In Fig. 11, the ensemble-averaged time series of frazil ice particle concentration, mean particle size and standard deviation at all salinities are plotted versus non-dimensional time (t∕tc). Figure 11a shows that at all four salinities, the particle concentration initially increased, reached a peak, decreased and then asymptotically approached a constant value. In freshwater the peak particle concentration was 2.1 cm−3 at , and in saline water the peaks were 2.2, 3.2, and 3.6 cm−3 at , 1.24, and 1.23 at 15 ‰, 25 ‰, and 35 ‰, respectively. The 35 ‰ curve had the highest particle concentration throughout the entire time interval, and the freshwater curves had the lowest particle concentration throughout nearly the entire time interval, except near its peak where the freshwater concentration was briefly greater than the 15 ‰ concentration. In Fig. 11b the mean individual frazil ice particle size initially increased, reached a peak, decreased and then reached an asymptotic value of approximately 0.5 mm in all four cases. The average growth rate of frazil particle was estimated for the initial growth period and was found to be 0.174, 0.070, 0.033 and 0.024 mm min−1 for 0 ‰, 15 ‰, 25 ‰ and 35 ‰, respectively. The maximum mean particle size for the three higher salinities occurred prior to when the maximum size was reached in freshwater. The maximum mean particle size occurred at , 0.81, 0.79 and 0.88 for 0 ‰, 15 ‰, 25 ‰ and 35 ‰, respectively. The maximum mean size in freshwater was the largest at 0.68 mm, followed by 0.63, 0.57 and 0.53 mm for 15 ‰, 25 ‰ and 35 ‰, respectively. Figure 11c shows that the time series of the standard deviation are very similar in saline water, where it increased from approximately 0.1 to 0.2 mm and reached a constant value of approximately 0.04 mm at approximately until the end of the experiment. The standard deviation in freshwater was initially constant at a value of ∼0.05 mm, then at it started to increase and reached a peak value of ∼0.45 mm at . After that it decreased quickly to a minimum at and then slowly increased.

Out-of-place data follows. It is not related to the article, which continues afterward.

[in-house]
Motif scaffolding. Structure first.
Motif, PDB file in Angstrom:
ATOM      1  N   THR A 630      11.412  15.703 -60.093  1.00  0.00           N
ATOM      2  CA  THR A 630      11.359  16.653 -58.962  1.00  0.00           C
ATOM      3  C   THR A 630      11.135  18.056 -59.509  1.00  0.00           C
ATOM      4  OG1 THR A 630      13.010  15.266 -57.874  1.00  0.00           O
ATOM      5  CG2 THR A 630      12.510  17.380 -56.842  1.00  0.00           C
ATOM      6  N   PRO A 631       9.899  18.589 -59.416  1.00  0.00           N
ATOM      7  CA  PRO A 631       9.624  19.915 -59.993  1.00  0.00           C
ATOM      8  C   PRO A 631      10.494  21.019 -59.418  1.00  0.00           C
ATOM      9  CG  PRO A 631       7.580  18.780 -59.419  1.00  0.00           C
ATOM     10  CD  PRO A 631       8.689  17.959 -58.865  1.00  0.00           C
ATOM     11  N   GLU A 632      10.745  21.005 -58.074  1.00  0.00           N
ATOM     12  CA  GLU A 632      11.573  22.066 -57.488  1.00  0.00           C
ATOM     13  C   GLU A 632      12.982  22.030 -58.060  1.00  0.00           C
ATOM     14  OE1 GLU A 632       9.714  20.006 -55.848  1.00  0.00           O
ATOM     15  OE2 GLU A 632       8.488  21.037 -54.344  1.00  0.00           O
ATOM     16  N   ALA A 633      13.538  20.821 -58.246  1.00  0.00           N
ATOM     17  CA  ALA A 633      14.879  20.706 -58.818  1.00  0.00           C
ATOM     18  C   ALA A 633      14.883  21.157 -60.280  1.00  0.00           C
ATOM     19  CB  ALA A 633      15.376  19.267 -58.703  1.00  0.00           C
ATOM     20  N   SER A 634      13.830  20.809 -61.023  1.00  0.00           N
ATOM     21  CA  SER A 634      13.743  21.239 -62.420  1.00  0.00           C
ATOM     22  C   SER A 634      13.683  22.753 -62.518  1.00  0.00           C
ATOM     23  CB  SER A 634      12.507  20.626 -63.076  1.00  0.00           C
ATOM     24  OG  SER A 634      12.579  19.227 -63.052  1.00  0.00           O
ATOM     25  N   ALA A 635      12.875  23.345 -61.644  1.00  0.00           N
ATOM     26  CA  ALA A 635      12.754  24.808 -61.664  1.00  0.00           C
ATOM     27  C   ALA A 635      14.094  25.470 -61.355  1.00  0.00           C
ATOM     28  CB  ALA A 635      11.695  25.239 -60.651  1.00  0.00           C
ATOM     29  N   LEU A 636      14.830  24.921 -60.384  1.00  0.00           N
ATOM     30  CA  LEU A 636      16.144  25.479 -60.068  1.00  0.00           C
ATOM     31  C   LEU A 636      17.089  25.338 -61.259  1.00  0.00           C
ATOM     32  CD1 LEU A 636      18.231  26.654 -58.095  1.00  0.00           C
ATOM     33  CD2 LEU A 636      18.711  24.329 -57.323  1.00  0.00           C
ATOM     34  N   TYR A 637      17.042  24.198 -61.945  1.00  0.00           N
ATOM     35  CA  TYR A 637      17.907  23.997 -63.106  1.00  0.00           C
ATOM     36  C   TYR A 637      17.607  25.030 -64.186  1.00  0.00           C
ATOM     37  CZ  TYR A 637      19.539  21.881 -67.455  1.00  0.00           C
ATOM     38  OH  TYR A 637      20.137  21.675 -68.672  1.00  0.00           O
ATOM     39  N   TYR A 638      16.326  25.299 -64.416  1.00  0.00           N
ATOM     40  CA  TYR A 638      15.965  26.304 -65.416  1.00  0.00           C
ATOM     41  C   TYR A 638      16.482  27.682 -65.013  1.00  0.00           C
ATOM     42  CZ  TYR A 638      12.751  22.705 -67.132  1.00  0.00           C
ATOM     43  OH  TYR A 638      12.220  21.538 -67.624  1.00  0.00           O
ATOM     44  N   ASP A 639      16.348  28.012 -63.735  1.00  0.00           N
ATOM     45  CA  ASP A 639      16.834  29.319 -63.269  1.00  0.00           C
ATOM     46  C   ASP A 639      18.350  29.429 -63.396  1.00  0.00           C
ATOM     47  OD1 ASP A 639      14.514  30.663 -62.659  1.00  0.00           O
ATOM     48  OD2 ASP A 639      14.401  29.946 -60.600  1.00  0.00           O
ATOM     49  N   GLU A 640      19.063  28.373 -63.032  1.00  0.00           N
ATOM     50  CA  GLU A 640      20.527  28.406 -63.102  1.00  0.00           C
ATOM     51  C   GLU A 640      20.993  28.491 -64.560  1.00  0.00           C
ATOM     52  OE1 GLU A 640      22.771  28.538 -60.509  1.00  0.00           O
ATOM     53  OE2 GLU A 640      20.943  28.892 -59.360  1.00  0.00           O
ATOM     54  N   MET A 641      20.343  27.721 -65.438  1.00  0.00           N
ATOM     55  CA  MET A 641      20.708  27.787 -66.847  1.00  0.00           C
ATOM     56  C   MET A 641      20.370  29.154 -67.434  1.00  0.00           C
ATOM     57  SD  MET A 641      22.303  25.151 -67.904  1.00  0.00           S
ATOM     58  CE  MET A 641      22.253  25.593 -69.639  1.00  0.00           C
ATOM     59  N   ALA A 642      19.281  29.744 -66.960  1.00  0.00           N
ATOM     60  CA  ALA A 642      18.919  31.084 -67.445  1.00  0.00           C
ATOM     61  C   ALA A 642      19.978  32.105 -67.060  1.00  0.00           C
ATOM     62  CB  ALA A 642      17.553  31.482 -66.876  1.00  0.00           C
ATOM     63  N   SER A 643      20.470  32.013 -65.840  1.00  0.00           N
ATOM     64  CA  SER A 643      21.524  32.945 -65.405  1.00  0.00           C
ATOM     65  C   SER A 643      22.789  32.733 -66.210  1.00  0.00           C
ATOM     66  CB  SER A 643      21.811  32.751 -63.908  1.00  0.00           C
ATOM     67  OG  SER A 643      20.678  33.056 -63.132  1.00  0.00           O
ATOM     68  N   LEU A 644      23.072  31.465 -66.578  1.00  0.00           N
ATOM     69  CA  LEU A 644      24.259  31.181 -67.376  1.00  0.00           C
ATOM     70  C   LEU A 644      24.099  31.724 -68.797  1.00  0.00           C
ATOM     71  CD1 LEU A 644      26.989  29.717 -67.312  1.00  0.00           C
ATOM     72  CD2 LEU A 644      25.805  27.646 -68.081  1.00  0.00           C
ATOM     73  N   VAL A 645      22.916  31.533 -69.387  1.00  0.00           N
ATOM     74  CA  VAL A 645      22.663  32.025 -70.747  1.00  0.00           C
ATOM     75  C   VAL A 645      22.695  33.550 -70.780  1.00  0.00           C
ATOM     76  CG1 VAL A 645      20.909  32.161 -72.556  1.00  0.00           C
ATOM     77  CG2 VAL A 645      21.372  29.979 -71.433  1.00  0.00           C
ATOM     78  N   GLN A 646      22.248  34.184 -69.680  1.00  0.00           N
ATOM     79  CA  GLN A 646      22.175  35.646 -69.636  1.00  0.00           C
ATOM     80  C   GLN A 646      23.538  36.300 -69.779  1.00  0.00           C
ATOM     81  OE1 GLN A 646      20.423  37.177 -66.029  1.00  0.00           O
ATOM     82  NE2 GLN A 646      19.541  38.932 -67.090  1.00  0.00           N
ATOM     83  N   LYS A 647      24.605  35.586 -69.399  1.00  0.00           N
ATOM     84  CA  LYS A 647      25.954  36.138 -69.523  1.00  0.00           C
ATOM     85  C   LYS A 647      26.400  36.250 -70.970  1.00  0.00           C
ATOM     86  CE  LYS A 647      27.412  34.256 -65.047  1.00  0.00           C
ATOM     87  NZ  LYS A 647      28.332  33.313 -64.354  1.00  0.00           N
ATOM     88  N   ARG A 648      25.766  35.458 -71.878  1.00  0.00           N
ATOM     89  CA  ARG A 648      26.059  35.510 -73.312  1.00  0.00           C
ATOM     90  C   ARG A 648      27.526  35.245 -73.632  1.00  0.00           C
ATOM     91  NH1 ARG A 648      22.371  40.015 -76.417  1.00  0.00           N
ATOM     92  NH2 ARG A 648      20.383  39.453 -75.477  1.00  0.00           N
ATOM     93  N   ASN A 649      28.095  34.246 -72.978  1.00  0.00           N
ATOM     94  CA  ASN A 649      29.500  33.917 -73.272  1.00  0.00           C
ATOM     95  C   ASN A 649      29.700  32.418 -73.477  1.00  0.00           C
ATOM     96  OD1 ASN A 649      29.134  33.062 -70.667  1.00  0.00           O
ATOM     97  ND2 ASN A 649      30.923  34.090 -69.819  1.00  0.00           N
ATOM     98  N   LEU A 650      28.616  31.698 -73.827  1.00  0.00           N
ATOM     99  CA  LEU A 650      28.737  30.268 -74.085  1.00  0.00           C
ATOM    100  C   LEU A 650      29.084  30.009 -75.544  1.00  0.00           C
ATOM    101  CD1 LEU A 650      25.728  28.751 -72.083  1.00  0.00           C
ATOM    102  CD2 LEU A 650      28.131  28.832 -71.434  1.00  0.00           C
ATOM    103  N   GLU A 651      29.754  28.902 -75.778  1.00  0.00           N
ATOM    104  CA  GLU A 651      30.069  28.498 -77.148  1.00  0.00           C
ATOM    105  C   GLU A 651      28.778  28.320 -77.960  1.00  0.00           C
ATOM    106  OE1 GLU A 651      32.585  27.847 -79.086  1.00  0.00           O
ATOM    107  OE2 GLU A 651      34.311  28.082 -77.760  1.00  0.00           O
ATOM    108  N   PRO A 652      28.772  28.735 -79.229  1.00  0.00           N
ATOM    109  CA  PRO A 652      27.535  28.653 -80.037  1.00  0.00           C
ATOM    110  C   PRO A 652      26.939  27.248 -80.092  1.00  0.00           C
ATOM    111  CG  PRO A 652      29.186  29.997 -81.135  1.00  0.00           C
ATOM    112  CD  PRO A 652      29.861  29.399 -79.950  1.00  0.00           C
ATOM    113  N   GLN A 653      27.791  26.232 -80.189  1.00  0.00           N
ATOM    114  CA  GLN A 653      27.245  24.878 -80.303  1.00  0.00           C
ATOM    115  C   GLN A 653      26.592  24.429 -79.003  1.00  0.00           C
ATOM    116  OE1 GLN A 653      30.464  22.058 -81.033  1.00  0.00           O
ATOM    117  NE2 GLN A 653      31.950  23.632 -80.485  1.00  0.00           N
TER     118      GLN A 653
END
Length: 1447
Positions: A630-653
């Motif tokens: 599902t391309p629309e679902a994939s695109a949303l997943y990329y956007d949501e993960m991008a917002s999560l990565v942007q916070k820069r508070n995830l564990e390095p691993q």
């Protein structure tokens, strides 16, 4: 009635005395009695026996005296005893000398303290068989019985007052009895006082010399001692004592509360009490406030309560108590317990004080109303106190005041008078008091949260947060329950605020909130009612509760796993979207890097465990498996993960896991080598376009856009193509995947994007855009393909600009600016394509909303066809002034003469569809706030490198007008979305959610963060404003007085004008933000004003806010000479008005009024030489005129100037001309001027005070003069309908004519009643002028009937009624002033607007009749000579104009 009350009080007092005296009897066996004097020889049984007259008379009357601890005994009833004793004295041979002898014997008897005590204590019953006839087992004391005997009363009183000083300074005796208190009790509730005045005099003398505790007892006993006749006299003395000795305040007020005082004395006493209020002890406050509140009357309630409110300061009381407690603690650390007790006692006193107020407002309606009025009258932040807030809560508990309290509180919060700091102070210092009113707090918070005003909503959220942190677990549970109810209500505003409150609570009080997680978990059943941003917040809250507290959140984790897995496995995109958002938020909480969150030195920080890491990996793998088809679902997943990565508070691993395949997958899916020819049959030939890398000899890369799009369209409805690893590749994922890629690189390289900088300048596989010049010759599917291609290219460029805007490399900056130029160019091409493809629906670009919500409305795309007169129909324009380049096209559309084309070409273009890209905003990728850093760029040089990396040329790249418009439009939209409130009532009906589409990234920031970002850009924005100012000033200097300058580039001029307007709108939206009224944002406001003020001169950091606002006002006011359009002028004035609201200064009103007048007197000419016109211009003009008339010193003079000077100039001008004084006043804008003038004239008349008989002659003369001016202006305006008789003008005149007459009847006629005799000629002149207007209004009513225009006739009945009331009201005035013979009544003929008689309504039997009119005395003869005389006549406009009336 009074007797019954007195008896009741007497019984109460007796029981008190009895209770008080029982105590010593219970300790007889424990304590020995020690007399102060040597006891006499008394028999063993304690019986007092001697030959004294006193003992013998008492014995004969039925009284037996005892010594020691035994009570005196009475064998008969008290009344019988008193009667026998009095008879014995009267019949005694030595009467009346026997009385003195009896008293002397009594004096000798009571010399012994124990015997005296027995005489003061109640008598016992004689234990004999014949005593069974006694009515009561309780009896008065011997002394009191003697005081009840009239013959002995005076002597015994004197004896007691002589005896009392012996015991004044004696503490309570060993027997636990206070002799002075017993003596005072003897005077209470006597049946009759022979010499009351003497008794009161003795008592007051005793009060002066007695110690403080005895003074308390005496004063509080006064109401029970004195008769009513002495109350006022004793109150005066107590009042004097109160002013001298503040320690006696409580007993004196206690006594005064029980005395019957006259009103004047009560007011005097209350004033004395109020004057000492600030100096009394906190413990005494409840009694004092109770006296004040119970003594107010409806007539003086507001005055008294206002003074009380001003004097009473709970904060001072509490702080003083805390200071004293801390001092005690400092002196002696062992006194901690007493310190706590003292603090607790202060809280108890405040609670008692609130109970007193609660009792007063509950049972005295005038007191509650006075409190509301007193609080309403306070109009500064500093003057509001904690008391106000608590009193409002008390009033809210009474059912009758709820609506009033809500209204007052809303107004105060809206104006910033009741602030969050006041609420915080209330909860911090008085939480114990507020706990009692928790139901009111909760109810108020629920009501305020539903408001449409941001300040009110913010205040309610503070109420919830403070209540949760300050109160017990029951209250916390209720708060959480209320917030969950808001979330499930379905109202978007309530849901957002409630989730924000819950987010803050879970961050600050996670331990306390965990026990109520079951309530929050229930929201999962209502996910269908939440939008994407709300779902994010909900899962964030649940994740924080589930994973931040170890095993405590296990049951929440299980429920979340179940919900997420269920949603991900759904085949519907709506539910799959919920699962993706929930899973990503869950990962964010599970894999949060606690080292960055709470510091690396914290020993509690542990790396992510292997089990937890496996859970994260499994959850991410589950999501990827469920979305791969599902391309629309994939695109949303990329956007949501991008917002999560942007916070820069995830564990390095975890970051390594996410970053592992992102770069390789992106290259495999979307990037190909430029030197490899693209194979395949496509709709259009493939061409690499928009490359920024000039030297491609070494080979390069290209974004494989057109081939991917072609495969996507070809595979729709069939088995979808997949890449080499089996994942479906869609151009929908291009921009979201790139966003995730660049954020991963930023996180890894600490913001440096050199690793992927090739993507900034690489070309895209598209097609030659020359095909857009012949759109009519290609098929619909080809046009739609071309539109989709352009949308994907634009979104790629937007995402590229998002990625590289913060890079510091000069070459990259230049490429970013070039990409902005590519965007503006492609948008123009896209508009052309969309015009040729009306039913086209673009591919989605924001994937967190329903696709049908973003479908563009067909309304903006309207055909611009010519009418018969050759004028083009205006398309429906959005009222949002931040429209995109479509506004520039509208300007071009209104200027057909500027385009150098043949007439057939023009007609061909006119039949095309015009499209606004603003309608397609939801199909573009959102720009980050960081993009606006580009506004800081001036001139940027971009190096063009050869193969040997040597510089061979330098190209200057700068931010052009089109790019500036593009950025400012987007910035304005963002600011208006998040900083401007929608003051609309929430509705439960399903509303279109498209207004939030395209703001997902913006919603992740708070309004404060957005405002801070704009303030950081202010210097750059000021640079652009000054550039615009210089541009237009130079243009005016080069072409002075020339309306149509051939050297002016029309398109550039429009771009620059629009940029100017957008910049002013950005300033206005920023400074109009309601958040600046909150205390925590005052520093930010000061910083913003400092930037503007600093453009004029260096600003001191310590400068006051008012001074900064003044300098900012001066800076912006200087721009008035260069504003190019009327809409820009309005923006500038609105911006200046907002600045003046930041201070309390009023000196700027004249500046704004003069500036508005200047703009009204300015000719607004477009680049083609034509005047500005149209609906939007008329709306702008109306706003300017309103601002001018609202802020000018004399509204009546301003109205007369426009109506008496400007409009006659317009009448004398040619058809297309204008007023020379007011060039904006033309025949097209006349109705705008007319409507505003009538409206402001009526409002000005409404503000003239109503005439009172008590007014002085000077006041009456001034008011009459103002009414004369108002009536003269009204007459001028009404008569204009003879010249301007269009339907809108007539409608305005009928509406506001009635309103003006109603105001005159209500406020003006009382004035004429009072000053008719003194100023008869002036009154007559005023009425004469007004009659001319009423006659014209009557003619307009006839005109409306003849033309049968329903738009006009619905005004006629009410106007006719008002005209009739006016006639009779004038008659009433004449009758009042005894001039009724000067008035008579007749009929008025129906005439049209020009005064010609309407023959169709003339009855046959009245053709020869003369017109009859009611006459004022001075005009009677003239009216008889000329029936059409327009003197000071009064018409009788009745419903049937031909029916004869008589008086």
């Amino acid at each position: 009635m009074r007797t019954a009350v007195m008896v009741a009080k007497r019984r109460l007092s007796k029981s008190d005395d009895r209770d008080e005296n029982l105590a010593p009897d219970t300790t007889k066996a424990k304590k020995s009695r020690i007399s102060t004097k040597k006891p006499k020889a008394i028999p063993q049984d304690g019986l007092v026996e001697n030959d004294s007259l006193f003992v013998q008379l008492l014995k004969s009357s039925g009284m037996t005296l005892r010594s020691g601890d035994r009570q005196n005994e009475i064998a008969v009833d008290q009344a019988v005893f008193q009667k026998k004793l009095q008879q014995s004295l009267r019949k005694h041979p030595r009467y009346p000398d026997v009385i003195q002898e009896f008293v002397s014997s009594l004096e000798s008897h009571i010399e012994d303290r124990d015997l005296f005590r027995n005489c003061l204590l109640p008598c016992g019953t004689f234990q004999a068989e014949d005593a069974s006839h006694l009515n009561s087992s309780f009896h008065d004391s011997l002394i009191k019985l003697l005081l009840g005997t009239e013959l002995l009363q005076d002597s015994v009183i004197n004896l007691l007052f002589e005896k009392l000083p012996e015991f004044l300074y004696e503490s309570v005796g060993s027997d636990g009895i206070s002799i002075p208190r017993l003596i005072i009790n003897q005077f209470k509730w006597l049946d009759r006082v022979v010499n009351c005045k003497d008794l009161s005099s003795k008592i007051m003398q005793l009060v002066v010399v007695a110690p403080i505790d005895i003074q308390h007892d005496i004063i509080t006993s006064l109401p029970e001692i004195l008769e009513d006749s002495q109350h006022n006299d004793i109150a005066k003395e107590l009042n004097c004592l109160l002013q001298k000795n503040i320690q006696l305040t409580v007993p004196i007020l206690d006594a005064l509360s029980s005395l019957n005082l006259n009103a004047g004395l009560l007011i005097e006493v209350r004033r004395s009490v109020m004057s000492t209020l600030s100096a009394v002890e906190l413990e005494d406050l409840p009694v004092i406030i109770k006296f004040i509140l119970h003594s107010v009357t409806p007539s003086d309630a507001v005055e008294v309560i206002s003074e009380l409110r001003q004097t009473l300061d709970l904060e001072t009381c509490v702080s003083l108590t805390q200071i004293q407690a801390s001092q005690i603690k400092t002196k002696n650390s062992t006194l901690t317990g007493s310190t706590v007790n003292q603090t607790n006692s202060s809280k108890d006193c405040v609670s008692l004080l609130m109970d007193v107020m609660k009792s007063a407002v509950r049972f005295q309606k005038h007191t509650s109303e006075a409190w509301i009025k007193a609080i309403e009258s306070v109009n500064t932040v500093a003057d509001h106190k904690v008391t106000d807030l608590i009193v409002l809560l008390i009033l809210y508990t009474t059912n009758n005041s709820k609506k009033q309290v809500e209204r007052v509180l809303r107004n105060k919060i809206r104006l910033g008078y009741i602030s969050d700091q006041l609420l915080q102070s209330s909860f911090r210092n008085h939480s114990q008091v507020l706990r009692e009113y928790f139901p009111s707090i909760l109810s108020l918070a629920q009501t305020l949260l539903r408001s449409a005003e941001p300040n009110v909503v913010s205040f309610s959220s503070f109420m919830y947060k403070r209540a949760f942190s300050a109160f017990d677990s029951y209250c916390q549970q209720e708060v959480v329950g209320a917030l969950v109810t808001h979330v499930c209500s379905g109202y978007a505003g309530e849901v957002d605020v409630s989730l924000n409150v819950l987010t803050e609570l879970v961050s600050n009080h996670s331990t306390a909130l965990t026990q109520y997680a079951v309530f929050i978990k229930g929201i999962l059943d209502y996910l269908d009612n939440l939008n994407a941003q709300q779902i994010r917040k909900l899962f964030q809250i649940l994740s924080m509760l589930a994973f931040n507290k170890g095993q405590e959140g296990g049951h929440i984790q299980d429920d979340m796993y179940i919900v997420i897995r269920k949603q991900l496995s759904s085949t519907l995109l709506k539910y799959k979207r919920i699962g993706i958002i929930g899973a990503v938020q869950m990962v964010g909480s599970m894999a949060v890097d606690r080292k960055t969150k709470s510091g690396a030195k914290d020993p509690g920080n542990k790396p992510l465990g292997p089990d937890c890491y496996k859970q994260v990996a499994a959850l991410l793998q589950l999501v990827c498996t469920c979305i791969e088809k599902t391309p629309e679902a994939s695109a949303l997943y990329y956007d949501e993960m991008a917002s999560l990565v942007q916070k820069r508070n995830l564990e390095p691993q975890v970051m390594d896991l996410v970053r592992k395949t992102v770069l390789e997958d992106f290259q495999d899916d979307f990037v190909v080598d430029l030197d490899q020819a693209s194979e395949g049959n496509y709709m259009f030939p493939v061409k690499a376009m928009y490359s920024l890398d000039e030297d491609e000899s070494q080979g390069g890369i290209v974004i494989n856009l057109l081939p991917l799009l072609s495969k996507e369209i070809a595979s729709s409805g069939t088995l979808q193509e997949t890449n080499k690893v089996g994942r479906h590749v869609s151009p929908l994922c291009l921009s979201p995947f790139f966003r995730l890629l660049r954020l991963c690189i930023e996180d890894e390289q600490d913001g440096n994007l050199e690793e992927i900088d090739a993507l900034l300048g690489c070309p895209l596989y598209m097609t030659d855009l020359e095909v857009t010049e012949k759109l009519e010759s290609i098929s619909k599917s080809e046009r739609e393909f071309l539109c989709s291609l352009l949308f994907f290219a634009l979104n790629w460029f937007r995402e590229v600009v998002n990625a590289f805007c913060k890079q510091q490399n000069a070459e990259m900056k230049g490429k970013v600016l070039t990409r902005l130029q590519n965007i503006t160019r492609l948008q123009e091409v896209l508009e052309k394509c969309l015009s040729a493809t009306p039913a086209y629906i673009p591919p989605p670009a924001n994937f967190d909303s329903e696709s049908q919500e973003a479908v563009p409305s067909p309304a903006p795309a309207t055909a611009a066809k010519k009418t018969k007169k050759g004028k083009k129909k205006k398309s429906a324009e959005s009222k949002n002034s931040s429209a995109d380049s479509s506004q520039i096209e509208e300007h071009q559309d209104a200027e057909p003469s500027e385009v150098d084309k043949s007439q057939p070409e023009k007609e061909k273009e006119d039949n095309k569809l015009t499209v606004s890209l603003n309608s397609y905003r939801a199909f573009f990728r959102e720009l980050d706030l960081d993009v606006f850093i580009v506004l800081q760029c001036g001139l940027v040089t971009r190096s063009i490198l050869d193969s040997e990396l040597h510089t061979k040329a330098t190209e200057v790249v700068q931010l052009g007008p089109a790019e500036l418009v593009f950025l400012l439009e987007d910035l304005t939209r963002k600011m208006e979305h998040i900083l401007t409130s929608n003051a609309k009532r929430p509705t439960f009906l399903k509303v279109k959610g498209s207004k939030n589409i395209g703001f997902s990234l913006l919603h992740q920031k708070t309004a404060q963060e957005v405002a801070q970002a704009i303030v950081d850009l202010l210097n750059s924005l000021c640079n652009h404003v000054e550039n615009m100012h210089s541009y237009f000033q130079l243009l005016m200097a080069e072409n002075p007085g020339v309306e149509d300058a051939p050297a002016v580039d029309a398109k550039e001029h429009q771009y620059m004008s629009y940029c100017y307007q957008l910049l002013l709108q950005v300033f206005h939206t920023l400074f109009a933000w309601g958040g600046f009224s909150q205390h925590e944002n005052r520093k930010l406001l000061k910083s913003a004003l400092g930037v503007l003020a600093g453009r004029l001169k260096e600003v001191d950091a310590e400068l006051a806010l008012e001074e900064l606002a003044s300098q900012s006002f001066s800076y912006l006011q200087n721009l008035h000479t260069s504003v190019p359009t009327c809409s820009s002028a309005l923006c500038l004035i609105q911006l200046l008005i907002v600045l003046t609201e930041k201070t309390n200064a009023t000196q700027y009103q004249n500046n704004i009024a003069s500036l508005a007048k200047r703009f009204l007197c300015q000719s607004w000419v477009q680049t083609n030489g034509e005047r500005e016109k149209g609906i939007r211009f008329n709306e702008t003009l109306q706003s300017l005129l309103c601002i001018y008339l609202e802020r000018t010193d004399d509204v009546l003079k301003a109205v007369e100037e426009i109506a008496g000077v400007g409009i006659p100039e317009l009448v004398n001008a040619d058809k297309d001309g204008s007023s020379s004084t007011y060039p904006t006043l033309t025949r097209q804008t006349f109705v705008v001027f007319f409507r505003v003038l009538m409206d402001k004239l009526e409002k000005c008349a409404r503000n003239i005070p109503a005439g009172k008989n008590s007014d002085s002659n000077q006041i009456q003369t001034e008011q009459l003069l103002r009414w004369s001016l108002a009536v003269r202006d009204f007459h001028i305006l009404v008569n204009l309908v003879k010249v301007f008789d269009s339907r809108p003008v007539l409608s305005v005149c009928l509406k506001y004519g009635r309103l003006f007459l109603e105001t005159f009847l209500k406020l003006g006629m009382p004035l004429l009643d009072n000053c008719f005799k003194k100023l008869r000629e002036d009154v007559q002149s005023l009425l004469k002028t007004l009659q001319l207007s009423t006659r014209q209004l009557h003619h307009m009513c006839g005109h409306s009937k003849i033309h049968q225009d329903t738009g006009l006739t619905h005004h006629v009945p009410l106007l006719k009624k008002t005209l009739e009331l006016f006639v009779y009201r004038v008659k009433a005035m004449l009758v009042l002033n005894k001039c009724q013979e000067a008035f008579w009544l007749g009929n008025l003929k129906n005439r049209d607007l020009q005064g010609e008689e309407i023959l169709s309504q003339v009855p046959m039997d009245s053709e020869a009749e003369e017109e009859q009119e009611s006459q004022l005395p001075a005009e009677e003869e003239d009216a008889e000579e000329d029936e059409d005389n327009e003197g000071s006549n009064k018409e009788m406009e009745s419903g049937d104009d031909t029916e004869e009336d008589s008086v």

In Fig. 12a, the times series of frazil ice floc concentration, defined as the number of flocs per unit volume (cm3), has a similar shape in the saline water experiments. The floc concentration increased from zero initially, reached a maximum value and then remained approximately constant until the end of the experiments. In freshwater, the trend was slightly different, with the floc concentration reaching a maximum value of 0.25 cm−3 at and then decreasing slowly. In saline water the maximum floc concentrations were reached at approximately and had values of approximately 1.10, 1.37 and 1.86 cm−3 at salinities of 15 ‰, 25 ‰ and 35 ‰, respectively. Figure 12b shows that as time progressed, the general trend for all cases is that the mean floc size continually increased with time. Initially (i.e. ) the time series are noisy, particularly for the freshwater case, because only a very small number of frazil ice flocs were produced during this time. At the floc concentration has increased sufficiently that the noise disappears in all cases. For the freshwater case, the mean floc size increased from 1.70 mm at to 2.20 mm at and continued increasing very slowly to 2.40 mm until . In saline water the mean floc size varied slightly with salinity and was always smaller than the freshwater floc sizes. In general, the mean floc size in saline water increased from ∼0.5 mm at the start of the experiments up to ∼1.90 mm at the end. The average floc growth rate was 0.408, 0.118, 0.089 and 0.072 mm min−1 for the 0 ‰, 15 ‰, 25 ‰ and 35 ‰, respectively. Figure 12c shows that the time series of the standard deviation of floc size at were quite noisy due to the small floc concentration. At the standard deviation curves in all cases was approximately constant and varied between ∼0.15 to ∼0.25 mm with the lowest value being in freshwater.